Image by Daquella Manera
I usually don’t put much about events from my life on my blog. As the title of the book on blogging says, ‘No one cares what you had for breakfast’! So I keep personal events mostly off the blog and try to focus on delivering what is important for my readers’ health.
However, blogs are a personal medium and even someone as content-focussed as me likes to have a sense of who the blogger is. So here is a little of my personal reflections on my wedding yesterday.
1. We had a great time. It is my second marriage and my partner’s first. It was very casual and small. Immediate family and a few friends. This meant we could talk to everyone, photos didn’t take too long (no straining of the smiliing muscles) and not a major organisational operation. We are both of the non-romantic persuasion so it really was very much our way of doing things.
2. It is surprising how many there are expectations still about marriage. The divorce rate (and it has been quite high for decades now) does not seem to have dented the desire of people to get married.
3. Most people are quite conventional in their expectations of marriage. My immediate friends tend to be quite strong individualists. I was a bit shocked at how strongly people feel about what I think of as small departures from the usual – my partner wearing pants not a dress for instance.
We had also forgotten about flowers. (My partner has fairly strong environmental views and would rather see flowers growing than cut.) The celebrant’s reaction to this was little short of shocked. [My partner said that she prefers trees – and prevented a heart attack by assuring the Celebrant that I was only joking when I said that maybe she could carry a pot plant.)
4. The focus on one day and one ritual on that day is extraordinary. People will travel great distances to be at an event where they don’t get much time with the people they are there to be with. And may spend almost no time with these people for years on end. The excessive focus on the day is matched by neglect for the rest of the time.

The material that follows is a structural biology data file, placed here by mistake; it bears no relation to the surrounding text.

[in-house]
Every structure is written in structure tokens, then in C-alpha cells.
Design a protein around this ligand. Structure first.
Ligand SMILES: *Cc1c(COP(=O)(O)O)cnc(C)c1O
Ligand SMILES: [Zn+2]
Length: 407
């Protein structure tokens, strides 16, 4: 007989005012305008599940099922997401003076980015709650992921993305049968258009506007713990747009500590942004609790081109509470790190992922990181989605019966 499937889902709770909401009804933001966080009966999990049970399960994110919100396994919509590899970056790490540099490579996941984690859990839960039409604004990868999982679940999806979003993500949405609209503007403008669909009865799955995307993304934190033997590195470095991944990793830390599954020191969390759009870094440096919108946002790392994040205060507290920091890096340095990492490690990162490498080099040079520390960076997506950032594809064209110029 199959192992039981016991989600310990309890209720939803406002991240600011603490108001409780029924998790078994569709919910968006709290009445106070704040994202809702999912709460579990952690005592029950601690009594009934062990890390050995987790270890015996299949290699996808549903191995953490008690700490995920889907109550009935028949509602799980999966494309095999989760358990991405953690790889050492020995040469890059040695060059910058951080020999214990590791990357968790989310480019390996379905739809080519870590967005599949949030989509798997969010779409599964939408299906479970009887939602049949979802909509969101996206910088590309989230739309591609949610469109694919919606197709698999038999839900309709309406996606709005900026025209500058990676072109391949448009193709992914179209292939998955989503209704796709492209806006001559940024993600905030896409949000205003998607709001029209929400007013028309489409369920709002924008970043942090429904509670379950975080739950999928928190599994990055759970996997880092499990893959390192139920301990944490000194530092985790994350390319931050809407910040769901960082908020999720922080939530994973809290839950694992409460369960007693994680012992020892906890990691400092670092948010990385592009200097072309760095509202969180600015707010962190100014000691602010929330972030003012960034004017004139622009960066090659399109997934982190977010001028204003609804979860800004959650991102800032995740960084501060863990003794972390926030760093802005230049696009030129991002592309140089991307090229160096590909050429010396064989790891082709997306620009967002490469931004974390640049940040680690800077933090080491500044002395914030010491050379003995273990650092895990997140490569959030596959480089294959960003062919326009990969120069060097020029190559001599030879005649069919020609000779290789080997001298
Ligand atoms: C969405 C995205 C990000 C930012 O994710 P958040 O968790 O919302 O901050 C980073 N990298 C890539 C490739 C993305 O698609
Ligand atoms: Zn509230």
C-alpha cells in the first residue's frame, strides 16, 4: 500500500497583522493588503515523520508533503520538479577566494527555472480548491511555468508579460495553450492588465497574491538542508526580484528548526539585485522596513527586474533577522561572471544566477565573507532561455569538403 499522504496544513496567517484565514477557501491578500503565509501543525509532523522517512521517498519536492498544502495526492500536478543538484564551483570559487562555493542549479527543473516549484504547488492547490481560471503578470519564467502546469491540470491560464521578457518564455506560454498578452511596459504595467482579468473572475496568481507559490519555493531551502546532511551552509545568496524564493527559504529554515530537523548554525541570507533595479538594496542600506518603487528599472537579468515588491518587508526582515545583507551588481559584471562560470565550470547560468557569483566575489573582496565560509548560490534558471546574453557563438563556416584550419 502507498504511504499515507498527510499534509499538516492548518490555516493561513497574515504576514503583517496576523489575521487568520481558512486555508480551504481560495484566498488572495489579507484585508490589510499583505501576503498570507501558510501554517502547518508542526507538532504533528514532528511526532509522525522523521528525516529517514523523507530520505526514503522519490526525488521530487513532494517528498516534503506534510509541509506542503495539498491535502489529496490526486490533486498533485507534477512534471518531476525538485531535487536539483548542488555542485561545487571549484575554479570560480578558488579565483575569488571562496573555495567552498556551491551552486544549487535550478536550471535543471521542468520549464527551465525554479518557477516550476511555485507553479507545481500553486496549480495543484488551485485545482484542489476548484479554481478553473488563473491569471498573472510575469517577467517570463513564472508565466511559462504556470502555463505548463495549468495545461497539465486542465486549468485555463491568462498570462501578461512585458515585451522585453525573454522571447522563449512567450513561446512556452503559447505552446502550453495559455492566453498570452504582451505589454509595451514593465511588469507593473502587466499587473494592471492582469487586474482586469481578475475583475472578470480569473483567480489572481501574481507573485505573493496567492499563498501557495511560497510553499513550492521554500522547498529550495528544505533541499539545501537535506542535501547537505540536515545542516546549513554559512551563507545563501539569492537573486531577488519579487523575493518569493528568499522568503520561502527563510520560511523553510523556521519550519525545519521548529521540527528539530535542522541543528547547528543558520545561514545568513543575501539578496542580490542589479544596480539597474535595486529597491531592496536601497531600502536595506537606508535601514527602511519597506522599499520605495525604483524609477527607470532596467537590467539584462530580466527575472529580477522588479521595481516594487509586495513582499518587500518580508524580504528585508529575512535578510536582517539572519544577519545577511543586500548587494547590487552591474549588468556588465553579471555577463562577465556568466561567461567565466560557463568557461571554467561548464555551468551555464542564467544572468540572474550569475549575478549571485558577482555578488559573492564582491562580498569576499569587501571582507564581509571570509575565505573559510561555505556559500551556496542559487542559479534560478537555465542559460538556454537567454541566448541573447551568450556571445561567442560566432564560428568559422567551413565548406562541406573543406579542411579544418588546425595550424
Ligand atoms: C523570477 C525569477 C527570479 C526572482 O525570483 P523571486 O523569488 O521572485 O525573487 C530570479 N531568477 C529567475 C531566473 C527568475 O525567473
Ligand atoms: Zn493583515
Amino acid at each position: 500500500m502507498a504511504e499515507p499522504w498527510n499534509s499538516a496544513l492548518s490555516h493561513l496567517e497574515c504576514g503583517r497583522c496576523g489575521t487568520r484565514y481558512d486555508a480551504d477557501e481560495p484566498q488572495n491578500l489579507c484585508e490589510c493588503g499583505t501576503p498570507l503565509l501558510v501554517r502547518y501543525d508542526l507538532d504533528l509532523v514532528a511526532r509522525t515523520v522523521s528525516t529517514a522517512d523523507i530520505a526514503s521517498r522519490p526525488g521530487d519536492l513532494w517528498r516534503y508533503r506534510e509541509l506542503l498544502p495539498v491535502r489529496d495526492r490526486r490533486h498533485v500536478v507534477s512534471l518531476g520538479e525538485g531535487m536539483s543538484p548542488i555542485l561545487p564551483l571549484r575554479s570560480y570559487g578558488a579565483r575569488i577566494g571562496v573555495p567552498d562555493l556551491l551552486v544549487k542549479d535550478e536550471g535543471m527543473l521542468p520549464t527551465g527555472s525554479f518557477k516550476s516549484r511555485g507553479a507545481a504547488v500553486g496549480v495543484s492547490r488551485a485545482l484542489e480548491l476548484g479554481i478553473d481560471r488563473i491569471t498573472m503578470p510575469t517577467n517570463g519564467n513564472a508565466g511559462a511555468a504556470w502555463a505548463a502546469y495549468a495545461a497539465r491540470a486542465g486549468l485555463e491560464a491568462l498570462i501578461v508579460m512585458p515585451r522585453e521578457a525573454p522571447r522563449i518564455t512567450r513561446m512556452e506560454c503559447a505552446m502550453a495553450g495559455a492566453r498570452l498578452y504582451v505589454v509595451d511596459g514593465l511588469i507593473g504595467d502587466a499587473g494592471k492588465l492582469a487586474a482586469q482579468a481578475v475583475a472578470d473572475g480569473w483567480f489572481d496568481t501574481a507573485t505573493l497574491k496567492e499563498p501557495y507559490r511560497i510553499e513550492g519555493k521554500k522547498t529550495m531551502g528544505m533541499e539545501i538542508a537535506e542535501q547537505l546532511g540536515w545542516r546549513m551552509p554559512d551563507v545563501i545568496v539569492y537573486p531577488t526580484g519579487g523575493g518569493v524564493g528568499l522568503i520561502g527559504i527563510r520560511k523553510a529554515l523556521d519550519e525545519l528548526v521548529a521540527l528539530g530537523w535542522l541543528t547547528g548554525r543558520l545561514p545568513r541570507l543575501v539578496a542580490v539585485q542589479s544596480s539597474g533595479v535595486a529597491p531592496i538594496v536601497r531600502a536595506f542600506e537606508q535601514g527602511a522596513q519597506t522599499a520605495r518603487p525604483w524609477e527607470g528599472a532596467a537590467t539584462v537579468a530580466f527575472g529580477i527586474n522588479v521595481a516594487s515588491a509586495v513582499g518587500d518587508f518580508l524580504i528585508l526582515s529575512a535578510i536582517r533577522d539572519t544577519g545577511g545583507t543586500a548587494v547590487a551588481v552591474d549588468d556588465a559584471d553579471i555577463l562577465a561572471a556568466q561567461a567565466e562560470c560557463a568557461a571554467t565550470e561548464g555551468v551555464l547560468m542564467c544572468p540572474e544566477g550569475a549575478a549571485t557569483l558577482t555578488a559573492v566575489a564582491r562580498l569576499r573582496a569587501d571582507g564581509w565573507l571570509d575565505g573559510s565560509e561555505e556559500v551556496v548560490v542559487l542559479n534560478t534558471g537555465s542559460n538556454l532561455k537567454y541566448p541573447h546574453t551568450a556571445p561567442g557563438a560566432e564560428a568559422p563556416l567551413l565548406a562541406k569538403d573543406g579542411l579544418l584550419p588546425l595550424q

5. Perhaps weddings exist for the sake of photographers. Much of the ceremony is set up with the needs of cameras in mind.
6. I’ve realised that I don’t take seriously the idea that God cares about documentation. I hadn’t realised this until I was reflecting on my reactions to our wedding. I was never much of a believer in ritual or officialdom; over the years I’ve gradually arrived, without my realising it, at my current position: God/spirit isn’t bothered by paper credentials – God/spirit is concerned with values and how people treat each other.
7. In the current legal climate in Australia: if you are the parent who stays home with the kids while your partner goes out to earn the money, you would be crazy not to be married. The legal situation of a defacto partner is far more precarious than a married one. I don’t know the situation in other countries.
8. Marriage seems to mean that people are treated differently and taken more seriously. It confers a status.
9. We need some way of recognising the seriousness of the commitment we have to other kinds of relationships. “Prendship” is one possibility.
10. We still long for companionship, acceptance and love. We still hope for a relationship that will be life long and enriching. And most of us put in a fair deal of work to make this a reality. While some of the reality of marriage may be problematic, some of the motives speak to our highest ideals.
What do you make of the current state of marriage? And what has been your experience of marriage? Do you think we need to recognise the seriousness of other kinds of relationships. I’d love to hear what you think and feel about this in the comments.
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